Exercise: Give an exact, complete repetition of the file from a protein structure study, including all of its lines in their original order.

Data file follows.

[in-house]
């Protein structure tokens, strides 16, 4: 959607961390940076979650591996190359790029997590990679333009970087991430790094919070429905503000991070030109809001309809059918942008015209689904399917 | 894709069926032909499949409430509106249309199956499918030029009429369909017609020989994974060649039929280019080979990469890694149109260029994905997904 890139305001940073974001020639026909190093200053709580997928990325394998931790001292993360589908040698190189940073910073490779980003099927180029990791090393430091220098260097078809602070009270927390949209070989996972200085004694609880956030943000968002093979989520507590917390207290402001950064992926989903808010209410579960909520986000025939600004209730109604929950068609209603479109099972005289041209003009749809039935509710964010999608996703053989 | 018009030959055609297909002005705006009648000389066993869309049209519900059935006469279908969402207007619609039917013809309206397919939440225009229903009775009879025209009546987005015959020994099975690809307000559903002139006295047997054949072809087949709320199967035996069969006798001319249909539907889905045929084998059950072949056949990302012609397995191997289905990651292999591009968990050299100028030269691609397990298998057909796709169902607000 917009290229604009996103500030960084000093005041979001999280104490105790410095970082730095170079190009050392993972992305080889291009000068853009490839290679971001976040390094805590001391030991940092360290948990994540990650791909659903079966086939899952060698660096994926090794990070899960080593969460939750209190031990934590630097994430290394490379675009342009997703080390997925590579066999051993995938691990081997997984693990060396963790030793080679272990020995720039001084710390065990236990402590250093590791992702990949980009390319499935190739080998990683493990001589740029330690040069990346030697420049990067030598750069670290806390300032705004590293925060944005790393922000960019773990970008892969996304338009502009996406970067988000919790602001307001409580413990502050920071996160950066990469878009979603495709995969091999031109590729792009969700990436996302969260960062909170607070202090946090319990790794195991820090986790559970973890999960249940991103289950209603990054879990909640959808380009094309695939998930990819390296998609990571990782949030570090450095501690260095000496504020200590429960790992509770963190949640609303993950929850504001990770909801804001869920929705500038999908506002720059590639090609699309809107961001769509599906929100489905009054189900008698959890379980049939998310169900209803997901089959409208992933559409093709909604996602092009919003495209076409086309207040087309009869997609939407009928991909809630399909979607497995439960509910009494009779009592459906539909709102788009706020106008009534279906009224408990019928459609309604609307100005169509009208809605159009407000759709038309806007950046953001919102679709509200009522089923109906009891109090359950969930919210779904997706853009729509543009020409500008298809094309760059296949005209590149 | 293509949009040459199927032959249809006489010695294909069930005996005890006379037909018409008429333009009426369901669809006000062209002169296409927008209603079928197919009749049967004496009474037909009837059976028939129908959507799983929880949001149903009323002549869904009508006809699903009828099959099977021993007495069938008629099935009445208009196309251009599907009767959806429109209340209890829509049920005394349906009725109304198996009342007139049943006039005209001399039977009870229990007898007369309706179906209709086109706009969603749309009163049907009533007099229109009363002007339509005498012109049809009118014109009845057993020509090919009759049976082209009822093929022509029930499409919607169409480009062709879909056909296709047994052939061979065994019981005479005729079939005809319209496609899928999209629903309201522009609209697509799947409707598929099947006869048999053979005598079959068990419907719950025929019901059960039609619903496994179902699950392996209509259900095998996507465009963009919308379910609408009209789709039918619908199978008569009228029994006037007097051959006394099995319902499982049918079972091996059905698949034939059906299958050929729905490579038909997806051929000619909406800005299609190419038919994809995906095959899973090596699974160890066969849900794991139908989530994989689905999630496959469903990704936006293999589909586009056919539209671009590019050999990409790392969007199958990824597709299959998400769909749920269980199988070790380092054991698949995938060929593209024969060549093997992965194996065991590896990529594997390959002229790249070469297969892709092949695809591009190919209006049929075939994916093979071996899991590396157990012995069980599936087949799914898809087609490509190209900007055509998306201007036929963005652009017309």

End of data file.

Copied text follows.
[in-house]
């Protein structure tokens, strides 16, 4: 959607961390940076979650591996190359790029997590990679333009970087991430790094919070429905503000991070030109809001309809059918942008015209689904399917 | 894709069926032909499949409430509106249309199956499918030029009429369909017609020989994974060649039929280019080979990469890694149109260029994905997904 890139305001940073974001020639026909190093200053709580997928990325394998931790001292993360589908040698190189940073910073490779980003099927180029990791090393430091220098260097078809602070009270927390949209070989996972200085004694609880956030943000968002093979989520507590917390207290402001950064992926989903808010209410579960909520986000025939600004209730109604929950068609209603479109099972005289041209003009749809039935509710964010999608996703053989 | 018009030959055609297909002005705006009648000389066993869309049209519900059935006469279908969402207007619609039917013809309206397919939440225009229903009775009879025209009546987005015959020994099975690809307000559903002139006295047997054949072809087949709320199967035996069969006798001319249909539907889905045929084998059950072949056949990302012609397995191997289905990651292999591009968990050299100028030269691609397990298998057909796709169902607000 917009290229604009996103500030960084000093005041979001999280104490105790410095970082730095170079190009050392993972992305080889291009000068853009490839290679971001976040390094805590001391030991940092360290948990994540990650791909659903079966086939899952060698660096994926090794990070899960080593969460939750209190031990934590630097994430290394490379675009342009997703080390997925590579066999051993995938691990081997997984693990060396963790030793080679272990020995720039001084710390065990236990402590250093590791992702990949980009390319499935190739080998990683493990001589740029330690040069990346030697420049990067030598750069670290806390300032705004590293925060944005790393922000960019773990970008892969996304338009502009996406970067988000919790602001307001409580413990502050920071996160950066990469878009979603495709995969091999031109590729792009969700990436996302969260960062909170607070202090946090319990790794195991820090986790559970973890999960249940991103289950209603990054879990909640959808380009094309695939998930990819390296998609990571990782949030570090450095501690260095000496504020200590429960790992509770963190949640609303993950929850504001990770909801804001869920929705500038999908506002720059590639090609699309809107961001769509599906929100489905009054189900008698959890379980049939998310169900209803997901089959409208992933559409093709909604996602092009919003495209076409086309207040087309009869997609939407009928991909809630399909979607497995439960509910009494009779009592459906539909709102788009706020106008009534279906009224408990019928459609309604609307100005169509009208809605159009407000759709038309806007950046953001919102679709509200009522089923109906009891109090359950969930919210779904997706853009729509543009020409500008298809094309760059296949005209590149 | 293509949009040459199927032959249809006489010695294909069930005996005890006379037909018409008429333009009426369901669809006000062209002169296409927008209603079928197919009749049967004496009474037909009837059976028939129908959507799983929880949001149903009323002549869904009508006809699903009828099959099977021993007495069938008629099935009445208009196309251009599907009767959806429109209340209890829509049920005394349906009725109304198996009342007139049943006039005209001399039977009870229990007898007369309706179906209709086109706009969603749309009163049907009533007099229109009363002007339509005498012109049809009118014109009845057993020509090919009759049976082209009822093929022509029930499409919607169409480009062709879909056909296709047994052939061979065994019981005479005729079939005809319209496609899928999209629903309201522009609209697509799947409707598929099947006869048999053979005598079959068990419907719950025929019901059960039609619903496994179902699950392996209509259900095998996507465009963009919308379910609408009209789709039918619908199978008569009228029994006037007097051959006394099995319902499982049918079972091996059905698949034939059906299958050929729905490579038909997806051929000619909406800005299609190419038919994809995906095959899973090596699974160890066969849900794991139908989530994989689905999630496959469903990704936006293999589909586009056919539209671009590019050999990409790392969007199958990824597709299959998400769909749920269980199988070790380092054991698949995938060929593209024969060549093997992965194996065991590896990529594997390959002229790249070469297969892709092949695809591009190919209006049929075939994916093979071996899991590396157990012995069980599936087949799914898809087609490509190209900007055509998306201007036929963005652009017309």